Washington’s Army, 1775–1783
Airfix 1:76 Scale Figure Review
Standardbearer and soldiers of the 2. New Hampshire Regiment commanded by Colonel Enoch Poor. The regiment was raised on 20th May 1775 and it was taken into Washington’s army in January 1776 as the 8th Continental Regiment. The Airfix figures may be painted in a variety of uniforms of the State Militia and Continental Army. Wargame simulations of the American Revolution require suprisingly few figures, because many of the engagements were relatively small affairs compared to European battles of the same period. Unfortunately, there are no compatible miniatures representing the Hessian troops serving in America at the time, and the cavalry is missing as well.
39 Figures in 12 Poses – 21 mm equal 160 cm Height
- Mounted Officer (George Washington)
- Officer with drawn Sword (2)
- Officer with dipped Flag
- Continental soldiers carrying a wounded Comrade (3)
- Continental soldier with Powder Keg (2)
- Continental soldier, advancing (6)
- Continental soldier, loading, ramming the charge (4)
- Continental soldier, standing, firing (6)
- Continental soldier, kneeling, firing (5)
- Continental soldier, prone, firing (4)
- Continental soldier, crawling (4)
Over the past two decades, Washington’s Army, the French Foreign Legion and many other Airfix figure sets have served with distinction in sandboxes and display cases around the world. Some of these classic products are available at retail stores even today, and they hold their ground alongside the more recent Revell and Italeri recruits.
Nicely sculpted figures, they show much detail in their uniforms, cuffs, turnbacks, buttons, stockings, gaiters, tricornes, belts, canteens, pouches and weapons.
Useful historic poses, the figures appear very lively. The standard poses make very good diorama and historic simulation figures, althought the prone men are probably not very useful in wargaming. There are enough figures to raise several wargaming units, despite the comparatively low figure count.
Good casting quality. We had two set of figures available for review, they came from the same mould, but were produced by different companies. One set from Humbrol was made from high quality plastic and existing flash could be trimmed off very easily. On the other hand, a box produced by USAirfix had a quarter of the figures completely surrounded by a halo of flash, virtually destroying the castings or requiring an enormous amount of clean-up work.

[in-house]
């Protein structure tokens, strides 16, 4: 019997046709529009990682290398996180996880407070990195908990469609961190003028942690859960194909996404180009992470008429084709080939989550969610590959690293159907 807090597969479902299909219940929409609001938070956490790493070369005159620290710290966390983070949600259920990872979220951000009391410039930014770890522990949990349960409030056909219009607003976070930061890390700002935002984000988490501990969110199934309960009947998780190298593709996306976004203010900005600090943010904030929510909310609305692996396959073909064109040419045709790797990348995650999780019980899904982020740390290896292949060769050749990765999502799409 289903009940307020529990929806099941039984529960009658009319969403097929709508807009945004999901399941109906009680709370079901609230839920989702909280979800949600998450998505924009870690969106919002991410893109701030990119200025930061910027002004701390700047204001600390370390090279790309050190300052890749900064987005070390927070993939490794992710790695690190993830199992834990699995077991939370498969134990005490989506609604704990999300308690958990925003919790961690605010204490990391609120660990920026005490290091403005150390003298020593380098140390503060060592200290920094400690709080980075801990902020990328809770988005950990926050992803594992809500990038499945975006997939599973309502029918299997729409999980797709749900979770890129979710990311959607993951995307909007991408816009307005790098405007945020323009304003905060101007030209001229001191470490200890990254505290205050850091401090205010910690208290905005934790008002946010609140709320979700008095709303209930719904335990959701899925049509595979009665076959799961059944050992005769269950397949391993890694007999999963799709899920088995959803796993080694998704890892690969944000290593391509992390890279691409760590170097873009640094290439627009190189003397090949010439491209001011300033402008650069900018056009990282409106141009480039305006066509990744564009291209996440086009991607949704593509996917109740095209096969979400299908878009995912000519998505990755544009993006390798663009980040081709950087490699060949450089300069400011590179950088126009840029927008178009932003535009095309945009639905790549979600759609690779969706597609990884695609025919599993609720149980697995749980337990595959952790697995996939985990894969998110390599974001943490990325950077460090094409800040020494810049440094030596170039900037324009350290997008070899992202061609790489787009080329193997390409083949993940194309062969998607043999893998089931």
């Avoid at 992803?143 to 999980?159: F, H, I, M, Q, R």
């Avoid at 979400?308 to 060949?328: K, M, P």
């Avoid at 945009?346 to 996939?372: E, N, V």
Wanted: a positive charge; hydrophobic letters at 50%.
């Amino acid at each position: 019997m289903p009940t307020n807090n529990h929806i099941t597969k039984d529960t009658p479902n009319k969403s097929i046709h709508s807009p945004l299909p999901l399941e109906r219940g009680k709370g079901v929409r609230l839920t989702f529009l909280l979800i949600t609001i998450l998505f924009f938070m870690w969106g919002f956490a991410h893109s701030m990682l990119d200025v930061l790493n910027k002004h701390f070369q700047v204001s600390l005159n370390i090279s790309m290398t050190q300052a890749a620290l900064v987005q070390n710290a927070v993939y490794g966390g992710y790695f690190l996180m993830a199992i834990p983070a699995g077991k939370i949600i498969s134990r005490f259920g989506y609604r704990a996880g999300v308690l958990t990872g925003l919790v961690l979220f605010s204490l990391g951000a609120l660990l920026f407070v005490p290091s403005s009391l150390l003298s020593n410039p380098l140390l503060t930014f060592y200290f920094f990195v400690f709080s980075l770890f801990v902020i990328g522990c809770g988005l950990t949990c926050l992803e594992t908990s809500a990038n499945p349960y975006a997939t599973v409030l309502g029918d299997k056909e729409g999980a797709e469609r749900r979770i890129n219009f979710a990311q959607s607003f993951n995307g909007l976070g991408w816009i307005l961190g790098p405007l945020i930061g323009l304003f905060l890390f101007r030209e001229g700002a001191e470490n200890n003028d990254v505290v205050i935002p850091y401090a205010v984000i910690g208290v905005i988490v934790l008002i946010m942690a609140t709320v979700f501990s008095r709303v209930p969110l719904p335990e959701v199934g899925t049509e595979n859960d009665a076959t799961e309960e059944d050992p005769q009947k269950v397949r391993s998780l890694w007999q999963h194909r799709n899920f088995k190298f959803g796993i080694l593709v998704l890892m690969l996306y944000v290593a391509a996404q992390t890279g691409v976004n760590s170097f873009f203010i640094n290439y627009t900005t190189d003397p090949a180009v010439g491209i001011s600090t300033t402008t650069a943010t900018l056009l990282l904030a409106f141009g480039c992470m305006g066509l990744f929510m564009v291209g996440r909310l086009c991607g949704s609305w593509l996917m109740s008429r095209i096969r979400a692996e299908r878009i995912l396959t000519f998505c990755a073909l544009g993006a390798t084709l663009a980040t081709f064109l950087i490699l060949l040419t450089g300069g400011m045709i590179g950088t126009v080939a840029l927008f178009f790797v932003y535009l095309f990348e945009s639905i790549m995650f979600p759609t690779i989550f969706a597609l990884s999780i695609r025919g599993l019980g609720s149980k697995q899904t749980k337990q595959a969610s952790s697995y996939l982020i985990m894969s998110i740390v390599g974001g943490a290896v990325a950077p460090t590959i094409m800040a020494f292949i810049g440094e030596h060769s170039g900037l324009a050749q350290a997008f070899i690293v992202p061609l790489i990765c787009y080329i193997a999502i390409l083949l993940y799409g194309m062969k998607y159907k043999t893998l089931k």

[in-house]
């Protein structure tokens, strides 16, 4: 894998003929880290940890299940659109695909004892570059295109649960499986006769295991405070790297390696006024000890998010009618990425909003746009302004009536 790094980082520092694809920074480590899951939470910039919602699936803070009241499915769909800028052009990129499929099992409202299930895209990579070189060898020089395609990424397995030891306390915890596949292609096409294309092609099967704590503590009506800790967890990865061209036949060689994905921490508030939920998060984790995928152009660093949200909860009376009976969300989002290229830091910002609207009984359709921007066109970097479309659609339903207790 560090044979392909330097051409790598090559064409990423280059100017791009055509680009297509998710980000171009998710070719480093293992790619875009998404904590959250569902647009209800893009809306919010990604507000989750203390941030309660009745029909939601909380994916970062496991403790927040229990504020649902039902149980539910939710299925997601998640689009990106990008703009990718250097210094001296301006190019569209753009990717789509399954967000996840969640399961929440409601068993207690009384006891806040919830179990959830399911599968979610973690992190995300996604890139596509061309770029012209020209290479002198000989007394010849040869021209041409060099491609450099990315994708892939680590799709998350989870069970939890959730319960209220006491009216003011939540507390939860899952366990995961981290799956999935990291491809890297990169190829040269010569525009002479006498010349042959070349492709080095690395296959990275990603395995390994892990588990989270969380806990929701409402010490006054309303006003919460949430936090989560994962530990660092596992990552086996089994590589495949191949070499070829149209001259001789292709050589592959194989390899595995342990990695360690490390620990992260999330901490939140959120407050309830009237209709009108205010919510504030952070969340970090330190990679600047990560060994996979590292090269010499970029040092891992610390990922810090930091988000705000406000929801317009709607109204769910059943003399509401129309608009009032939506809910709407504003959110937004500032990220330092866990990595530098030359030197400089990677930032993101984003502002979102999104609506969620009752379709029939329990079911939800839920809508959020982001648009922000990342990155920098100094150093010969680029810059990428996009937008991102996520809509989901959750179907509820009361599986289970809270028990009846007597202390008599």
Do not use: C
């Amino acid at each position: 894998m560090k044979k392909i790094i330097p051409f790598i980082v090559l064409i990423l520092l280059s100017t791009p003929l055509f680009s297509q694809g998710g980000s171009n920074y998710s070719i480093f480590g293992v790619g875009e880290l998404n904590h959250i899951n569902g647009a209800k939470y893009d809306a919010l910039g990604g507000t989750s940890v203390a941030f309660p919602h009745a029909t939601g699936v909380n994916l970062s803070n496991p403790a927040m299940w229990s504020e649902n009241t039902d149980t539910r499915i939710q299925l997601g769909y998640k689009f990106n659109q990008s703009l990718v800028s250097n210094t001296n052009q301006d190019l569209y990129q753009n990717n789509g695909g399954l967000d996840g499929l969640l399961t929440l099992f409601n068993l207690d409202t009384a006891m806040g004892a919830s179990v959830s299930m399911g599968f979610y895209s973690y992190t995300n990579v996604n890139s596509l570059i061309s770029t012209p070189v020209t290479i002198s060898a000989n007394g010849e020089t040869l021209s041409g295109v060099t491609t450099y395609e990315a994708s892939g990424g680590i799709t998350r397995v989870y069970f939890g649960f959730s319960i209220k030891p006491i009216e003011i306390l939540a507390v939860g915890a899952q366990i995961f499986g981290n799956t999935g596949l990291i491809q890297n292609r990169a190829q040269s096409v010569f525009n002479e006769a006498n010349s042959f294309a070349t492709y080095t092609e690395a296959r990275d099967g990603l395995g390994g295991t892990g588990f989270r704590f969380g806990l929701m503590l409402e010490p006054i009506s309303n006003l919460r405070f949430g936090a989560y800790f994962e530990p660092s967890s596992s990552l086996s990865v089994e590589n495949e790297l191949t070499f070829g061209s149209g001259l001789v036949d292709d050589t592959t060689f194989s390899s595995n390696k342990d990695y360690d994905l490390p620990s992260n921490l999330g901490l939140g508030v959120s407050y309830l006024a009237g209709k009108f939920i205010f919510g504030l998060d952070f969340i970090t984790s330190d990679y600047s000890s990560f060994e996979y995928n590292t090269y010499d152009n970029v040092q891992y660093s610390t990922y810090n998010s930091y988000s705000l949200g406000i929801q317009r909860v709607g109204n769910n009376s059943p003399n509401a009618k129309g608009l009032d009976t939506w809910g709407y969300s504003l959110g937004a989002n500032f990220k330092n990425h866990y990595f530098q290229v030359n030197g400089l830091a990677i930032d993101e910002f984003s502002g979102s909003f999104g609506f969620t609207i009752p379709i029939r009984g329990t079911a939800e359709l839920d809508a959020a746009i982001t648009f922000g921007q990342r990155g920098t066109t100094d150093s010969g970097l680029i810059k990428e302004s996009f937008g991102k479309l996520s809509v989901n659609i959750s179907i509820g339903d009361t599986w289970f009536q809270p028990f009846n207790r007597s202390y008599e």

The figures are significantly smaller than the more recent American Militia and British Infantry from Revell. When they are mounted in separate units, the Airfix and Revell figures can be used alongside each other. The difference in height becomes even less noticeable if the Airfix figures are mounted on slightly thicker wargaming bases. Airfix appears to have recently rebranded these 1:76 scale miniatures as “1:72 Model Miniatures”, in a clever marketing ploy to feign compatibility.
- Continental Army 1775–1778
- American State Militia 1775–1783
- British Infantry 1775–1783
- British Loyalist Militia 1775–1783
- Infantry of the Seven Years’ War, 1756–1763
The figures’ short gaiters are removed and painted over with long gaiters.
The classic Airfix soldiers might have been the beginning of a fabulous 18th century figure collection. Their attractive tricorne hats are beautifully modelled and they look great when painted. Many collectors would have liked to see more miniatures like these, covering the other armies of the period. British Fusiliers were available for some time, but Airfix never managed to complete the theme. Revell released very nice sets of American Militia and British Infantry of the American Revolutionary War, but they no longer appear in the 96/97 product catalog. Collectors are well advised to snap up any boxes that may still be available at retail locations!